With most services and products now being offered through digital communications, new challenges have emerged for information security specialists. A Multidisciplinary Introduction to Information Security presents a range of topics on the security, privacy, and safety of information and communication technology. It brings together methods in pure mathematics, computer and telecommunication sciences, and social sciences.
The book begins with the cryptographic algorithms of the Advanced Encryption Standard (AES) and Rivest, Shamir, and Adleman (RSA). It explains the mathematical reasoning behind public key cryptography and the properties of a cryptographic hash function before presenting the principles and examples of quantum cryptography. The text also describes the use of cryptographic primitives in the communication process, explains how a public key infrastructure can mitigate the problem of crypto-key distribution, and discusses the security problems of wireless network access. After examining past and present protection mechanisms in the global mobile telecommunication system, the book proposes a software engineering practice that prevents attacks and misuse of software. It then presents an evaluation method for ensuring security requirements of products and systems, covers methods and tools of digital forensics and computational forensics, and describes risk assessment as part of the larger activity of risk management. The final chapter focuses on information security from an organizational and people point of view.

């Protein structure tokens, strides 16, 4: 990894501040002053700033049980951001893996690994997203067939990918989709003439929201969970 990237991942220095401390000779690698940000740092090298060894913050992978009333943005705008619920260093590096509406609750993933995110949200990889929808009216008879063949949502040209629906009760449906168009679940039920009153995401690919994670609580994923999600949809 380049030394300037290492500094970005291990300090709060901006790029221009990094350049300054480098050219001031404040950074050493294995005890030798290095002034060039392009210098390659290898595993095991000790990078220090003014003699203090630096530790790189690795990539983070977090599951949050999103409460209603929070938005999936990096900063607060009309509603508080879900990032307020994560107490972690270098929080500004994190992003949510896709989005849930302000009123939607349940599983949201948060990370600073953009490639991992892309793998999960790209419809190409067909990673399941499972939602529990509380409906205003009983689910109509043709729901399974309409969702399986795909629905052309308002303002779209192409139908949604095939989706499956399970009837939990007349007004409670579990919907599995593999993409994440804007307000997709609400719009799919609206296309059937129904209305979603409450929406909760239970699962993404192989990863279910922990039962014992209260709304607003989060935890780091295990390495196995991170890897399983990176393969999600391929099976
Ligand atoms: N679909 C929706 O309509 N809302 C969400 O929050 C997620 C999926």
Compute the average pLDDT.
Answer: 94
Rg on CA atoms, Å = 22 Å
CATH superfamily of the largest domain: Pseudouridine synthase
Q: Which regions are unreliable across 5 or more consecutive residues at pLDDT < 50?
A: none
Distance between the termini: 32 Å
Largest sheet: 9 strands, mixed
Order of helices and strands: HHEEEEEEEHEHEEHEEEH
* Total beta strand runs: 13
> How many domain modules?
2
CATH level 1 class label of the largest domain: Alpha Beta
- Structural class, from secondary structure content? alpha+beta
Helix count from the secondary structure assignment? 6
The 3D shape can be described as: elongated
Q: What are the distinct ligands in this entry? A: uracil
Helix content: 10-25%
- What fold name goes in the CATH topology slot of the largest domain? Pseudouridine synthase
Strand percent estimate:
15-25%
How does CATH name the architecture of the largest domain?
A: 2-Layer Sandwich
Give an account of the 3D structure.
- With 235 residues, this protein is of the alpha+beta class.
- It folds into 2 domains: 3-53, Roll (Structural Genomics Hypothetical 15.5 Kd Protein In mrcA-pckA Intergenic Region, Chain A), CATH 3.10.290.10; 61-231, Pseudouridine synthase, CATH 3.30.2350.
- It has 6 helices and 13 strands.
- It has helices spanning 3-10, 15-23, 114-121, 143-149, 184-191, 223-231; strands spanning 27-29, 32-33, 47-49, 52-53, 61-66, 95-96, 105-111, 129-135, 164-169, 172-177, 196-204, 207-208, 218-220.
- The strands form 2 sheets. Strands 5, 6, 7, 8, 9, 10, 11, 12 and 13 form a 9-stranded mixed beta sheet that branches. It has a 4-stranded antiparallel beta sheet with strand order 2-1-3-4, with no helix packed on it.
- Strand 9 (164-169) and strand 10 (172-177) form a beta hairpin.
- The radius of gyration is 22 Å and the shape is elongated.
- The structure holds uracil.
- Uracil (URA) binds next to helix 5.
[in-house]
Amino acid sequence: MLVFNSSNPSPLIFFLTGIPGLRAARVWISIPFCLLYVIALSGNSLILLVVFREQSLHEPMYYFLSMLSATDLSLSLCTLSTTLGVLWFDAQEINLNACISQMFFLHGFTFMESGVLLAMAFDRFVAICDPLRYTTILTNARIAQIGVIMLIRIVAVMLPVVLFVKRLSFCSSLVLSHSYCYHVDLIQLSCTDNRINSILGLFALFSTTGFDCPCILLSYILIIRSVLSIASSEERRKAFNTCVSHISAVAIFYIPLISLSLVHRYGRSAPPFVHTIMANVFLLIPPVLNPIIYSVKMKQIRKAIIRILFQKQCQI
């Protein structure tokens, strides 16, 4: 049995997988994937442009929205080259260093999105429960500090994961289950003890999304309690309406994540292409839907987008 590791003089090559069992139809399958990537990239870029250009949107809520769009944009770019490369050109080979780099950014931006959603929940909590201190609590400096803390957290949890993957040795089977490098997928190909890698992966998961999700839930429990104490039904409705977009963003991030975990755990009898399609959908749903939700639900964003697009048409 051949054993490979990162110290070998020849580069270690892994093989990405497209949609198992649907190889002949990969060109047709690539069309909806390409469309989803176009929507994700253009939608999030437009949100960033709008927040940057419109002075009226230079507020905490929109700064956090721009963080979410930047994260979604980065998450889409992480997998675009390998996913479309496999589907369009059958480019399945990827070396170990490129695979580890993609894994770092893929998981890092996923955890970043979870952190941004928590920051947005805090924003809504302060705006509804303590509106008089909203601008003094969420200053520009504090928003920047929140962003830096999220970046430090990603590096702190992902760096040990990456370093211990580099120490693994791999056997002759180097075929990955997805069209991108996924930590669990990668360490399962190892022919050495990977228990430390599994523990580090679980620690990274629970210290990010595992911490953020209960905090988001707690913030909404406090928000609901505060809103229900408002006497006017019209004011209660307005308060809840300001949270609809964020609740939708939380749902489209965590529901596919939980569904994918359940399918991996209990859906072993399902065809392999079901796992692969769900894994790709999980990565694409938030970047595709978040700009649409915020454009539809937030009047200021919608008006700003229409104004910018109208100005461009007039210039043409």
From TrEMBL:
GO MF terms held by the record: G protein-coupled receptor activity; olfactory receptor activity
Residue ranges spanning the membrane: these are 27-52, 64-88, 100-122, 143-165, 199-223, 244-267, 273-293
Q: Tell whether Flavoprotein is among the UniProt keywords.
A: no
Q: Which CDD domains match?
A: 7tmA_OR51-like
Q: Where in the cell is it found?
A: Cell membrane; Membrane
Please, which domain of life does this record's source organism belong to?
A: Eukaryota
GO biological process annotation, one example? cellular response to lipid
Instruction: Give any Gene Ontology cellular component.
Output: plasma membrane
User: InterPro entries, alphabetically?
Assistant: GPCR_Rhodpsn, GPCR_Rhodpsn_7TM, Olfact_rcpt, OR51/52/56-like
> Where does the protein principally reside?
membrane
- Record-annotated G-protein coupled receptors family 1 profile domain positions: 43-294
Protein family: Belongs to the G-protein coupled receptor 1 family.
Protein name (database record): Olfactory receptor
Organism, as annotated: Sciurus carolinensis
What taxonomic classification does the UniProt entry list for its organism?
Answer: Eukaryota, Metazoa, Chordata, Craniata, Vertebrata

As our ways of communicating and doing business continue to shift, information security professionals must find answers to evolving issues. Offering a starting point for more advanced work in the field, this volume addresses various security and privacy problems and solutions related to the latest information and communication technology.
Stig F. Mjølsnes is a professor in the Department of Telematics at the Norwegian University of Science and Technology. His research focuses on the development and application of cryptographic protocols and security models.